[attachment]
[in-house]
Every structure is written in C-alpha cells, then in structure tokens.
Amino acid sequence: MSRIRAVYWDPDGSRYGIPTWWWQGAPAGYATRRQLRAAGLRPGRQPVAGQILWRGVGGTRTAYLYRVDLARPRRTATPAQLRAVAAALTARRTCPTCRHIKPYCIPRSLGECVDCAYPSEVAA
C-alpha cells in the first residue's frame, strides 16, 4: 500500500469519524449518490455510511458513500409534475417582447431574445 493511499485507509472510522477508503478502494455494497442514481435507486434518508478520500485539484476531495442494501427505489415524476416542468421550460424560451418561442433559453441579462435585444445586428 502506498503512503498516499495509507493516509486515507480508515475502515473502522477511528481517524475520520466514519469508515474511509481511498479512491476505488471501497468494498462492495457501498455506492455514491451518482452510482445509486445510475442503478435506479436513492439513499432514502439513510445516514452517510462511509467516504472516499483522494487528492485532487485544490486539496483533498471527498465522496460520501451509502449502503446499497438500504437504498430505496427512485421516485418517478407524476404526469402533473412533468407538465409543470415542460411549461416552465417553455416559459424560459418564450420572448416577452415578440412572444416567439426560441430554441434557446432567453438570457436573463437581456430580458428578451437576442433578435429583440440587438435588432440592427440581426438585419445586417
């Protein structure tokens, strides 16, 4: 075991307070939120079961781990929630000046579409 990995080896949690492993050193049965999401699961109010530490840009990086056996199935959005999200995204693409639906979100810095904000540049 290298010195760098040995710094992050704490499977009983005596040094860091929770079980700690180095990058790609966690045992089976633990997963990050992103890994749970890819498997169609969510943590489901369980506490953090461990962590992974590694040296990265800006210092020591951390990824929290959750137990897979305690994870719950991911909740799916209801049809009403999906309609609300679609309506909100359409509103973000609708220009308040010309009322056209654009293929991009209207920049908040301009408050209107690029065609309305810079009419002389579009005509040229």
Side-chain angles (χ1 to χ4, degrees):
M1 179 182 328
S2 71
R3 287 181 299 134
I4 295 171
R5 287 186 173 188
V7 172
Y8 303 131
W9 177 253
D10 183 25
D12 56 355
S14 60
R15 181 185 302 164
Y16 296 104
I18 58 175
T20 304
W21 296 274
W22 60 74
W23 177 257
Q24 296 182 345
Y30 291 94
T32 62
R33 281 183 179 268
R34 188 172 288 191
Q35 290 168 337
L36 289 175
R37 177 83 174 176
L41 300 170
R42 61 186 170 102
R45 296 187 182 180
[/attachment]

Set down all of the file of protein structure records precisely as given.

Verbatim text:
[in-house]
Every structure is written in C-alpha cells, then in structure tokens.
Amino acid sequence: MSRIRAVYWDPDGSRYGIPTWWWQGAPAGYATRRQLRAAGLRPGRQPVAGQILWRGVGGTRTAYLYRVDLARPRRTATPAQLRAVAAALTARRTCPTCRHIKPYCIPRSLGECVDCAYPSEVAA
C-alpha cells in the first residue's frame, strides 16, 4: 500500500469519524449518490455510511458513500409534475417582447431574445 493511499485507509472510522477508503478502494455494497442514481435507486434518508478520500485539484476531495442494501427505489415524476416542468421550460424560451418561442433559453441579462435585444445586428 502506498503512503498516499495509507493516509486515507480508515475502515473502522477511528481517524475520520466514519469508515474511509481511498479512491476505488471501497468494498462492495457501498455506492455514491451518482452510482445509486445510475442503478435506479436513492439513499432514502439513510445516514452517510462511509467516504472516499483522494487528492485532487485544490486539496483533498471527498465522496460520501451509502449502503446499497438500504437504498430505496427512485421516485418517478407524476404526469402533473412533468407538465409543470415542460411549461416552465417553455416559459424560459418564450420572448416577452415578440412572444416567439426560441430554441434557446432567453438570457436573463437581456430580458428578451437576442433578435429583440440587438435588432440592427440581426438585419445586417
């Protein structure tokens, strides 16, 4: 075991307070939120079961781990929630000046579409 990995080896949690492993050193049965999401699961109010530490840009990086056996199935959005999200995204693409639906979100810095904000540049 290298010195760098040995710094992050704490499977009983005596040094860091929770079980700690180095990058790609966690045992089976633990997963990050992103890994749970890819498997169609969510943590489901369980506490953090461990962590992974590694040296990265800006210092020591951390990824929290959750137990897979305690994870719950991911909740799916209801049809009403999906309609609300679609309506909100359409509103973000609708220009308040010309009322056209654009293929991009209207920049908040301009408050209107690029065609309305810079009419002389579009005509040229």
Side-chain angles (χ1 to χ4, degrees):
M1 179 182 328
S2 71
R3 287 181 299 134
I4 295 171
R5 287 186 173 188
V7 172
Y8 303 131
W9 177 253
D10 183 25
D12 56 355
S14 60
R15 181 185 302 164
Y16 296 104
I18 58 175
T20 304
W21 296 274
W22 60 74
W23 177 257
Q24 296 182 345
Y30 291 94
T32 62
R33 281 183 179 268
R34 188 172 288 191
Q35 290 168 337
L36 289 175
R37 177 83 174 176
L41 300 170
R42 61 186 170 102
R45 296 187 182 180